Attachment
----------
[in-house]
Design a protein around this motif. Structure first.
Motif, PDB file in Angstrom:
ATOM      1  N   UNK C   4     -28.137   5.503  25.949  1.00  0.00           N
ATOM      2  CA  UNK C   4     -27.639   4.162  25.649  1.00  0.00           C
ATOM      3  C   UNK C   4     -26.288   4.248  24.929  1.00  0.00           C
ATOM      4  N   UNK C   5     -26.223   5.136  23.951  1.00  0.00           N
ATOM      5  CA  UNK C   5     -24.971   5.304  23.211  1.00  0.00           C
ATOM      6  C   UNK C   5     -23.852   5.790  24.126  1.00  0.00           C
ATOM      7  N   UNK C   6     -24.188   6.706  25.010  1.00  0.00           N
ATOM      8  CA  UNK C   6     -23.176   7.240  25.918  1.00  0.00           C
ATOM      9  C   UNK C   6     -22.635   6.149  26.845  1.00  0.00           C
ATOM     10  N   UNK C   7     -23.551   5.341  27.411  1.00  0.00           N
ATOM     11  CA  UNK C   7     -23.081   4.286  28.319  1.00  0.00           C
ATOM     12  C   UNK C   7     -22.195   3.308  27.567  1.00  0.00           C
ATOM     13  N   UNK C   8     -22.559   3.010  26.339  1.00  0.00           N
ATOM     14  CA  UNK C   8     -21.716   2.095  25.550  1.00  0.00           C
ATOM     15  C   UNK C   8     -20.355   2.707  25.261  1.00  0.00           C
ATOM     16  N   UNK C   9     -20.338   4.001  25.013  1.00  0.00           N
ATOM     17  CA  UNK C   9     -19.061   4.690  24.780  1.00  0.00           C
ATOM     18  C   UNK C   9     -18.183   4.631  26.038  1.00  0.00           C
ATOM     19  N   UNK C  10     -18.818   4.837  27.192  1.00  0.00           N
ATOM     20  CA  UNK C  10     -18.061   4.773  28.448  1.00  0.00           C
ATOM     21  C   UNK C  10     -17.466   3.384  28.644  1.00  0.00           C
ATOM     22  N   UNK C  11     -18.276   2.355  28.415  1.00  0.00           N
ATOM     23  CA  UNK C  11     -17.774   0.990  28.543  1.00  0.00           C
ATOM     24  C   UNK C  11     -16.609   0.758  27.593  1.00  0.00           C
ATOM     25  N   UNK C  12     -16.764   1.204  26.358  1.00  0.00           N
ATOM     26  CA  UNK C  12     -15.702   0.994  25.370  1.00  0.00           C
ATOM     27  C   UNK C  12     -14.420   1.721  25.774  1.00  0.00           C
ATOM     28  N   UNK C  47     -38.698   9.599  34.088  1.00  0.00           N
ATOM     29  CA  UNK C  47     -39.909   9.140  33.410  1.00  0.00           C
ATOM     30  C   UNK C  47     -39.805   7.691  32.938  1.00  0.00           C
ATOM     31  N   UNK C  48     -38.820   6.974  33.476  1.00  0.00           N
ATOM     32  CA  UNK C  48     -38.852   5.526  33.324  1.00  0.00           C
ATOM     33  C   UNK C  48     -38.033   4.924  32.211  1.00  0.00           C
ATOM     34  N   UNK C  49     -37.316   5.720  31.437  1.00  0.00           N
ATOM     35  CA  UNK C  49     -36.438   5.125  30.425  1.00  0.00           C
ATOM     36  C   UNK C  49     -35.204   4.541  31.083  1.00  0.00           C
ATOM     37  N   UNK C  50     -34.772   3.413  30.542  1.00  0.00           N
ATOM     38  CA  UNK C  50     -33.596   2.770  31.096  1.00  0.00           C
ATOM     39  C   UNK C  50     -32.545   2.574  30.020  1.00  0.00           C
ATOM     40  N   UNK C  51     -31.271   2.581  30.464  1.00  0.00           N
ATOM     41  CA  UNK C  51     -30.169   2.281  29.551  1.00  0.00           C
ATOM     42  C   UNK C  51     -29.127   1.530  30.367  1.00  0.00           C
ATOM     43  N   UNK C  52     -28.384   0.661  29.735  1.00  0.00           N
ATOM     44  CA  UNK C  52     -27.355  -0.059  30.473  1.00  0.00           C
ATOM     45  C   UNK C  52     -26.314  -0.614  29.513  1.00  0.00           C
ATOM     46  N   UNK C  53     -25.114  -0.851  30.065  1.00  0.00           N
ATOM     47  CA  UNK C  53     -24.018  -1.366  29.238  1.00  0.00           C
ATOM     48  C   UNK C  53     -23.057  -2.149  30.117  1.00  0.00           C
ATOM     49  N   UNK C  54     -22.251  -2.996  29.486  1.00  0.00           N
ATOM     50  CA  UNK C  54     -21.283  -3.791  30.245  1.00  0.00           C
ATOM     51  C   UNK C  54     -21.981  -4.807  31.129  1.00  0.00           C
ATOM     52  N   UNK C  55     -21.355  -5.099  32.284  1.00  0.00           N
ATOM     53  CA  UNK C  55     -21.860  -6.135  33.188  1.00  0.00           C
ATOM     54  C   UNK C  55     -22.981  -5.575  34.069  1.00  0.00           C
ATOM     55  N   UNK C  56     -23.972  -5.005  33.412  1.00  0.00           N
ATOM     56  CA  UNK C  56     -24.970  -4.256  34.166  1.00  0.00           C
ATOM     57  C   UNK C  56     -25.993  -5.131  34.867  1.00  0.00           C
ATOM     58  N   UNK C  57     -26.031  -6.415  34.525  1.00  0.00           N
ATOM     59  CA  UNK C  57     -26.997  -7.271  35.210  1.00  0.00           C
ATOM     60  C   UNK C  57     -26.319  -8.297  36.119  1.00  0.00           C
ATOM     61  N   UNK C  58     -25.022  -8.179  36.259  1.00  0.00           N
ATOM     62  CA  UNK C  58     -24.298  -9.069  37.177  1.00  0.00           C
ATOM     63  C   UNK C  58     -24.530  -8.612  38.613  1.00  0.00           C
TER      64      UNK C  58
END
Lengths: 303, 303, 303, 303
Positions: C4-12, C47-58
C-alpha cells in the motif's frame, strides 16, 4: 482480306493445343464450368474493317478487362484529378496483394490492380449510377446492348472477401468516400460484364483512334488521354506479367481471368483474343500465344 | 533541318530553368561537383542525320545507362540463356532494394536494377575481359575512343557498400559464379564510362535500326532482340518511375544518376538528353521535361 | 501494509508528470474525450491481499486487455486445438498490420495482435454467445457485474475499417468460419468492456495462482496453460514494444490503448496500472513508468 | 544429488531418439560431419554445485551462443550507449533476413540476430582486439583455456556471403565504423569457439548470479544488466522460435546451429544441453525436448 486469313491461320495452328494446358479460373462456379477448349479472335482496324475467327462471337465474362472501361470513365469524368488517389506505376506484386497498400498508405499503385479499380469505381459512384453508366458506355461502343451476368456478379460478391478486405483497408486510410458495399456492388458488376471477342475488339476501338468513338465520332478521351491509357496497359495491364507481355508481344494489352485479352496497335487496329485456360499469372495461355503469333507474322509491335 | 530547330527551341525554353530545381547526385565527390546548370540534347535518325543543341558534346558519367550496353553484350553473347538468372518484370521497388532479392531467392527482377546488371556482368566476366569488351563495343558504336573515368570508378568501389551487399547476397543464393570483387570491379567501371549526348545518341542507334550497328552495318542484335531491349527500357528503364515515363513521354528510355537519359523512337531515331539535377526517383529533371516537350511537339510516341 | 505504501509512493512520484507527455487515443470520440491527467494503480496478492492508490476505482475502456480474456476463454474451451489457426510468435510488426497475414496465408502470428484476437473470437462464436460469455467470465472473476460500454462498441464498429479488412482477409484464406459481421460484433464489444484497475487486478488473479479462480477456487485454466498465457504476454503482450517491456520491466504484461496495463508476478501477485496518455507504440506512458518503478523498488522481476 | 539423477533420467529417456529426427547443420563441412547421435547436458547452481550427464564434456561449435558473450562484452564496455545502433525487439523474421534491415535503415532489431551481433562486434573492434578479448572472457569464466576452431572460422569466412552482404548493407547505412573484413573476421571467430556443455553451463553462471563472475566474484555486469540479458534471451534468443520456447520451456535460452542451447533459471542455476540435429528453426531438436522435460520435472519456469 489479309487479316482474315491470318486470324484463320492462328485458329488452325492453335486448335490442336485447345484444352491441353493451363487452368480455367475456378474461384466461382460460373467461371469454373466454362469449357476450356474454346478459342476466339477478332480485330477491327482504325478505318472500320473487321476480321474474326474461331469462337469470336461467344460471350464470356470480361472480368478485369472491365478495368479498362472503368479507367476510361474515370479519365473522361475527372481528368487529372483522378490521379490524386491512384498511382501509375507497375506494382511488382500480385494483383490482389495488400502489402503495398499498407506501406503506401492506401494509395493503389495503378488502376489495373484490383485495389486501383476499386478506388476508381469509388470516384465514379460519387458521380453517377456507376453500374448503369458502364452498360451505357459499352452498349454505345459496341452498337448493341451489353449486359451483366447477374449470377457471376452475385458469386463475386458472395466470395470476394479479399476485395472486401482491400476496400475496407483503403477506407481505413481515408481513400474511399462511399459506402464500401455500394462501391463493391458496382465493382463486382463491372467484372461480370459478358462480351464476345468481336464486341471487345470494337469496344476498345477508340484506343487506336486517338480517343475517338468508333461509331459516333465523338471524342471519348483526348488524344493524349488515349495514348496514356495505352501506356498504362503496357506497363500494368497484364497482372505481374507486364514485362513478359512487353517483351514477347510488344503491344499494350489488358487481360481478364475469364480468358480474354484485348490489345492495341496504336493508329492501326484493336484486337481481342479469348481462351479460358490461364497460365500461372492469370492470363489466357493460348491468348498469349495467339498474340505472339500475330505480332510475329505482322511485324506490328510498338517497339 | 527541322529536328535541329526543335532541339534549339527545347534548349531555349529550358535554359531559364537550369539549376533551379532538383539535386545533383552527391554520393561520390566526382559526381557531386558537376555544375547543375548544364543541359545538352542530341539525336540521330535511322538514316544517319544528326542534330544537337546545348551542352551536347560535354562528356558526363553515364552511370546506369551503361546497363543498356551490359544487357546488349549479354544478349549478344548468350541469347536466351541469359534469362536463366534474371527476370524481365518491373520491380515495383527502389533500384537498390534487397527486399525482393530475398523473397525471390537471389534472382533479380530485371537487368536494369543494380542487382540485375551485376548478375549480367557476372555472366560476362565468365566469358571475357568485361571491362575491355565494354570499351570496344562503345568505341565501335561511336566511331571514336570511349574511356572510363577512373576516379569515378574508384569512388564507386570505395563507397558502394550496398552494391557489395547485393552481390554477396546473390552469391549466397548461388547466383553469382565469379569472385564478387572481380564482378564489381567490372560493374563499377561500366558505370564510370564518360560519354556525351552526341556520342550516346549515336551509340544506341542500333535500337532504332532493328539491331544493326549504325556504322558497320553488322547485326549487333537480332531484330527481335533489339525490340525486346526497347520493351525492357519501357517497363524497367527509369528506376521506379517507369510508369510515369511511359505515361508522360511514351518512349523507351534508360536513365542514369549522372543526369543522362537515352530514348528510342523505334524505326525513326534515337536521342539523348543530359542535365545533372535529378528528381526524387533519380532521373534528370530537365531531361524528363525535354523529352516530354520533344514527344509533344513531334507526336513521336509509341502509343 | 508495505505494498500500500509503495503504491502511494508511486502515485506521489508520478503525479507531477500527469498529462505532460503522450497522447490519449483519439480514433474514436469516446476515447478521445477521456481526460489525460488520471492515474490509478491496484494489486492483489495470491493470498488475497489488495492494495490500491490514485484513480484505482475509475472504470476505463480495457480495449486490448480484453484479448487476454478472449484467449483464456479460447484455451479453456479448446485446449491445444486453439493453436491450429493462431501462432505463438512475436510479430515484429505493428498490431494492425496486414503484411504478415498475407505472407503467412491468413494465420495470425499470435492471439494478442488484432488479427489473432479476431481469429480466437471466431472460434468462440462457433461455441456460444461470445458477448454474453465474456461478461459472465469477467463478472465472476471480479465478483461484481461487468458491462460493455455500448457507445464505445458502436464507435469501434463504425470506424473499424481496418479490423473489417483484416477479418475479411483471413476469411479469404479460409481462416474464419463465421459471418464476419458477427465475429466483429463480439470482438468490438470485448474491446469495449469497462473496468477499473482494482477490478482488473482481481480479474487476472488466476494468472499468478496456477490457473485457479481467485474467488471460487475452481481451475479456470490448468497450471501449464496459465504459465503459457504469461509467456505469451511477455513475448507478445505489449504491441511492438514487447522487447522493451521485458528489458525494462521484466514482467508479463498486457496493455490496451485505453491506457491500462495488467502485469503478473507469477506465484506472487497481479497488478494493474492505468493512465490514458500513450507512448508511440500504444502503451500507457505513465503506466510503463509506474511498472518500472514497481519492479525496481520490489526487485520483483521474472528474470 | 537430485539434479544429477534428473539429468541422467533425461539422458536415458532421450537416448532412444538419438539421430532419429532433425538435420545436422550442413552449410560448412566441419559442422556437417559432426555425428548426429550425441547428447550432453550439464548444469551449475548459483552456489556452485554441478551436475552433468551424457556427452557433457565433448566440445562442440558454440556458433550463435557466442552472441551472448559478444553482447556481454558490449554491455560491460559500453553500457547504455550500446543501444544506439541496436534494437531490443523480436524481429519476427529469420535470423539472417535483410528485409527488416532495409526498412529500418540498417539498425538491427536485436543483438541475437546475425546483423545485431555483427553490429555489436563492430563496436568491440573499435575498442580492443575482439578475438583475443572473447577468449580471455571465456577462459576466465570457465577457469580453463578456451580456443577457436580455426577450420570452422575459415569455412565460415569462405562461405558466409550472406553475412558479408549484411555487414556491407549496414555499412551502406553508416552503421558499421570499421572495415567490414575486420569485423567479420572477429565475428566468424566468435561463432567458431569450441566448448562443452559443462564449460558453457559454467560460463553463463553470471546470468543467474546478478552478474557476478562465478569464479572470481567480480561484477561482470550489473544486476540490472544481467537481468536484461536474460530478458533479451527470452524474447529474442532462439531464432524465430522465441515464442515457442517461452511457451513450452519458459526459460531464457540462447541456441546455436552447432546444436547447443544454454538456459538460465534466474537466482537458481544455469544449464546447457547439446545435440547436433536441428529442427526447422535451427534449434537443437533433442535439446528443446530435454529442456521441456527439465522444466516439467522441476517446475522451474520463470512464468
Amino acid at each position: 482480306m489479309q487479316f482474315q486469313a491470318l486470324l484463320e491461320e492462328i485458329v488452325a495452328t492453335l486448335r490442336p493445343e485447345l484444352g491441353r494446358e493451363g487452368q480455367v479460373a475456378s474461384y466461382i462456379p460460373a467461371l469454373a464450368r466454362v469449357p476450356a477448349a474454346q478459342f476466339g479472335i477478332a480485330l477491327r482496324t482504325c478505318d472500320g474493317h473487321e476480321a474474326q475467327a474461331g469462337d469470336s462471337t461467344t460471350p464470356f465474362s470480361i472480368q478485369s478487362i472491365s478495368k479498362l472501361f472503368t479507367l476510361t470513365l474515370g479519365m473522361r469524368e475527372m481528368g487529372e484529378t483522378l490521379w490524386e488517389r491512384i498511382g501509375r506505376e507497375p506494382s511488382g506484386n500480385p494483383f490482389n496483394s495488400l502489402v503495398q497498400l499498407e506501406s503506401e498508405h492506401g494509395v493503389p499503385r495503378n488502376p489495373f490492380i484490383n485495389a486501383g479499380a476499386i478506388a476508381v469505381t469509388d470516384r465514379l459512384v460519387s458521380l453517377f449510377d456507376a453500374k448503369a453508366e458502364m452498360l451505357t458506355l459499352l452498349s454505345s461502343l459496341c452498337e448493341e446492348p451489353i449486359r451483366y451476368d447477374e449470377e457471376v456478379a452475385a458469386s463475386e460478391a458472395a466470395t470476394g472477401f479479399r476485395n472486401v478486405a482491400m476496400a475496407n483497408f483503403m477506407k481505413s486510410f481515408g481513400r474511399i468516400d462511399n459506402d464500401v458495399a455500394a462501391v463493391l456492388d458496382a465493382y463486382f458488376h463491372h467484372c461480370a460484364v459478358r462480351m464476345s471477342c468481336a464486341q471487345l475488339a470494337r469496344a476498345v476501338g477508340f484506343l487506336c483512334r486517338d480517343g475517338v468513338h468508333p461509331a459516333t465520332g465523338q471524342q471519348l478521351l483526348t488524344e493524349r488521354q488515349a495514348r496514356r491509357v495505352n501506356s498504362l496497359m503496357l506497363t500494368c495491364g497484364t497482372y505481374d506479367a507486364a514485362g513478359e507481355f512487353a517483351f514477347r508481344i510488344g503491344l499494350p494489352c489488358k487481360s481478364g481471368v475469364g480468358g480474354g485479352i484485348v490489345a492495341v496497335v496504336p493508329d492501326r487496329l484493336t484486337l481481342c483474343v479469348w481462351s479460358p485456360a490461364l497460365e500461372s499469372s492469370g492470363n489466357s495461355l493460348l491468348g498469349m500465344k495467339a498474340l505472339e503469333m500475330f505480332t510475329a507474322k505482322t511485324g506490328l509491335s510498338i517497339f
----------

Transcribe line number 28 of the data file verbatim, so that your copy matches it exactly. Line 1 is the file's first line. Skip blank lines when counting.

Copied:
ATOM     25  N   UNK C  12     -16.764   1.204  26.358  1.00  0.00           N